Style tips and more from TV host and lifestyle maven

Parker Kelley


The delightful Parker Kelley (writer, producer and award-winning host of “Home, Life & Style”) recently partnered with Ethan Allen to produce “Design Tips” segments for her TV show. Aired on NESN, a Boston-area network, the spots were culled from conversations Parker had with designers in seven of our Northeast Design Centers, from Connecticut and Cape Cod to Portsmouth, New Hampshire, and Vermont. The collaborative project was spearheaded by Ethan Allen’s New England regional teams, who say the experience was “organic, not scripted, and simply awesome.” Parker says she learned a lot about Ethan Allen – from our rich American heritage to how our 3D room planner works – in the process. We caught up with her recently and asked her to share her thoughts on design in general, and our offerings in particular. Here is what she had to say:



What is your overarching design philosophy?

PK: Pleasure. Every design, whether it be in the form of a coffee mug, a chair, or a room, should give you pleasure. It’s a feeling all good designs share.


What is your favorite design tip?

PK: Mix it up! But be very intentional in how you do it. It’s not just about heaping random things together. It’s about finding the commonality, the thread, or the meaning they share. I like coordinating seemingly different things to see how they influence one another and our perception of them. I recently admired the décor in a boutique in Nantucket, where a huge and delicate crystal chandelier played against a hard, stacked-stone wall backdrop. Both are beautiful, but very different. Together, they’re beyond beautiful!


What is the color you can’t live without, and why?

PK: Blue! Any shade. To me, it’s the ocean, the sky, and the color of both of my sons’ eyes. As someone who grew up on Cape Cod, I’m naturally comforted by blue; a color like red is beautiful, but it makes me too excited. I bring a lot of my own energy into every situation, so I use most colors in moderation. Small pops here and there. Blue has just the right amount of energy for me.


Complete this sentence: Every room needs …

PK: Balance. Balance is key. In art and design, balance is about the elements (shape, color, light, value, saturation, texture, scale). How we assemble these elements is what gives a space visual equilibrium. The same applies to fashion. The longer the skirt, the lower the heel; the shorter the skirt, the higher the heel. It’s a balancing act. In music, storytelling, and the visual arts, there’s an ebb and flow, a push and pull, tension and slack, movement and stillness. In design, you can show balance symmetrically, asymmetrically, or radially. You can feel it when you walk into a room or see a tablescape that just isn’t “right.” When something is balanced, it sings.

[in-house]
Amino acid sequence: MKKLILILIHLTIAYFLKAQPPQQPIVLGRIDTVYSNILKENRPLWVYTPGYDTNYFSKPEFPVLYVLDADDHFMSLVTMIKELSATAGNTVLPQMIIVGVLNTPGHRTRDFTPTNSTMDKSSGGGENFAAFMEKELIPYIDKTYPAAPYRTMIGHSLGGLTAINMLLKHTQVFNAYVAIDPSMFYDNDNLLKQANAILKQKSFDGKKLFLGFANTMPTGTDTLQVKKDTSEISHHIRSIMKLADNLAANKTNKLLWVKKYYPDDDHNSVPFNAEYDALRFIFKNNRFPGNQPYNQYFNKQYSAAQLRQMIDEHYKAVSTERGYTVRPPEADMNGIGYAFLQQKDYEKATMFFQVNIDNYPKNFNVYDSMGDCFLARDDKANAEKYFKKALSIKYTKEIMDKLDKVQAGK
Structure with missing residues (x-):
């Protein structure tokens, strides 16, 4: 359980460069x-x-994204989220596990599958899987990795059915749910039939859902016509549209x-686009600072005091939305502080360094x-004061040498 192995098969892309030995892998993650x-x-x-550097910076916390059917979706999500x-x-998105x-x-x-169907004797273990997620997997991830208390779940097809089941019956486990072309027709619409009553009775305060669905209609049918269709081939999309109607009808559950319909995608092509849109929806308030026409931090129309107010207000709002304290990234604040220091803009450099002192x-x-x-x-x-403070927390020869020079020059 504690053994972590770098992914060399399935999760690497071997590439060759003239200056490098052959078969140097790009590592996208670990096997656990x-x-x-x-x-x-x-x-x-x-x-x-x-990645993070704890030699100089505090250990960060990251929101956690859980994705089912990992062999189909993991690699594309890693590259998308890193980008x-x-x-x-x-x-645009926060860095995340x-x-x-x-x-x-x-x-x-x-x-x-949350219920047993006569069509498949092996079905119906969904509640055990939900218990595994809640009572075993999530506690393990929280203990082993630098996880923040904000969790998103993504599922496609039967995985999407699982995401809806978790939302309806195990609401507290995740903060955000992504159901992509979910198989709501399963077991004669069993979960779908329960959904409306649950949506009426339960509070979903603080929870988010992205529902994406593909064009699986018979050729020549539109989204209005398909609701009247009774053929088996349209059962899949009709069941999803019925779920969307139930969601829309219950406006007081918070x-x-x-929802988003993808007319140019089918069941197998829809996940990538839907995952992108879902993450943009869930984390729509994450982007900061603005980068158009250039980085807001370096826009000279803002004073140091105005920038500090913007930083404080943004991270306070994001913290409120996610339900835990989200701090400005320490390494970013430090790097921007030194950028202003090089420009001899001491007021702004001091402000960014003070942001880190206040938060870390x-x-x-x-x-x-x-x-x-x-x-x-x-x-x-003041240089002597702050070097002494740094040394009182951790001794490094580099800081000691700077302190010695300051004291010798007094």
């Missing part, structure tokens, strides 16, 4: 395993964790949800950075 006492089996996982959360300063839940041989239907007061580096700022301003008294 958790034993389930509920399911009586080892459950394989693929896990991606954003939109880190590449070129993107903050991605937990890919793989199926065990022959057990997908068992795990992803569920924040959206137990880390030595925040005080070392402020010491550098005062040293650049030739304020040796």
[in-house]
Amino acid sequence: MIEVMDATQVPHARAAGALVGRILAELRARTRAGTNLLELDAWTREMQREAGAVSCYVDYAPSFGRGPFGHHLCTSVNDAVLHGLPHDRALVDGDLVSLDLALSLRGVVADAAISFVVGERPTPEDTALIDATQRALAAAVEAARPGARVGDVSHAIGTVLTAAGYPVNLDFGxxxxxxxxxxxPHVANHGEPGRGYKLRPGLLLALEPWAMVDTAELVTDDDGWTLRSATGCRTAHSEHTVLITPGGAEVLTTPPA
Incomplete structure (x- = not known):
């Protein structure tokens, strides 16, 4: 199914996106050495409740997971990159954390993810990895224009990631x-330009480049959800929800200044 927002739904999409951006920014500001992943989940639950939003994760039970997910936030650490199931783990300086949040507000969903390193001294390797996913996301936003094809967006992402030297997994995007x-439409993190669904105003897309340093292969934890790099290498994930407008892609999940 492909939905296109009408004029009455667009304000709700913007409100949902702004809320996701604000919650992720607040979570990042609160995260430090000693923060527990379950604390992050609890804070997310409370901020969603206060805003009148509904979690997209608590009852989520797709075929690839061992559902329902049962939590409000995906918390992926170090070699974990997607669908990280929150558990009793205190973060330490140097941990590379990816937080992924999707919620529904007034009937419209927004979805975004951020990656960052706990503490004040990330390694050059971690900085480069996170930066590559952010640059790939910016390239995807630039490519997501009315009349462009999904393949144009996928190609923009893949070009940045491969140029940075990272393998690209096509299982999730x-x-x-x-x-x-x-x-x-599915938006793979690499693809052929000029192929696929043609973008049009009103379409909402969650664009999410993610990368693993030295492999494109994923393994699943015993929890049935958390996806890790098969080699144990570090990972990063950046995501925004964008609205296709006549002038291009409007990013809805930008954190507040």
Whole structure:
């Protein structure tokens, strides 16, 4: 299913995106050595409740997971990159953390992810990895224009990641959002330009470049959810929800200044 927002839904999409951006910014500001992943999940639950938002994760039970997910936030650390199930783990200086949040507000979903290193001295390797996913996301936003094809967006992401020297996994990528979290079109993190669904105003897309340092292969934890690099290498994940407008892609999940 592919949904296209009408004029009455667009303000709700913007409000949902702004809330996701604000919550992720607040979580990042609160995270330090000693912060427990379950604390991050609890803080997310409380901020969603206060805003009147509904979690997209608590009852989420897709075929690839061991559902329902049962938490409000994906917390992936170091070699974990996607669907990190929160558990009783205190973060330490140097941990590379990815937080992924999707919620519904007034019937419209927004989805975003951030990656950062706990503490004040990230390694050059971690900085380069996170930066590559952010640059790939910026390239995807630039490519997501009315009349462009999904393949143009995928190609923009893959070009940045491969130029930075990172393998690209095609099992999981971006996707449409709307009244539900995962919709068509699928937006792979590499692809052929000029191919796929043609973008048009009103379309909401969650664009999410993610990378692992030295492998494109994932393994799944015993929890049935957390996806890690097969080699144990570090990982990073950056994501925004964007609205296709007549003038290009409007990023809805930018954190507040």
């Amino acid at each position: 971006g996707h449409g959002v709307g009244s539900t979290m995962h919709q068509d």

If you could take on any project, anywhere, on any budget, what would it be?

PK: I am a lifelong boater, so my initial thought is a yacht set to cruise the globe; my design would echo and pay homage to the colors, cultures, and scenery found all over the world. But even this seems too limiting, somehow. Truly, my dream project is always my next project, no matter the budget or location, because I thrive on potential!


You’ve had an up-close-and-personal look at our Design Centers; what do you think?

PK: I have to say I used to think Ethan Allen was one style – kind of old-fashioned and dated – but how wrong was I? I admit I hadn’t been in an Ethan Allen Design Center since I was eight years old, so it was a wonderful eye-opening experience to witness the variety, quality, and craftsmanship that Ethan Allen offers. The Design Centers are up to date with the latest technology, and it’s been an incredible learning experience for me. And the designers? Unbelievable! They are such passionate, dedicated, welcoming, and knowledgeable people. I am so thankful to have met so many of them. I enjoyed making tip videos and commercial spots with all of them.


Do you have a favorite Ethan Allen look?

PK: I guess it depends on the day. I really like the globally inspired living room displays and the cozy cottage displays. If I had to choose, I’d choose a little of each.


What are your three favorite Ethan Allen pieces?

PK: Right now, I am obsessed with the Capiz chandelier. I love the look and the champagne gold tones, and how the natural beauty inherent in the shell is honored and elevated. I also am in love with the Elise bed in vintage linen, with the hand-painted lattice. This French-inspired piece is just gorgeous. The beading is so fine, and the fluted legs are stunning and romantic! I also love the round Florentine mirror, with its antiqued patina, texture, and varying shades of gold. Mirrors add light and depth to a space, and this piece does it with a Tuscan touch that I would definitely put into my own home.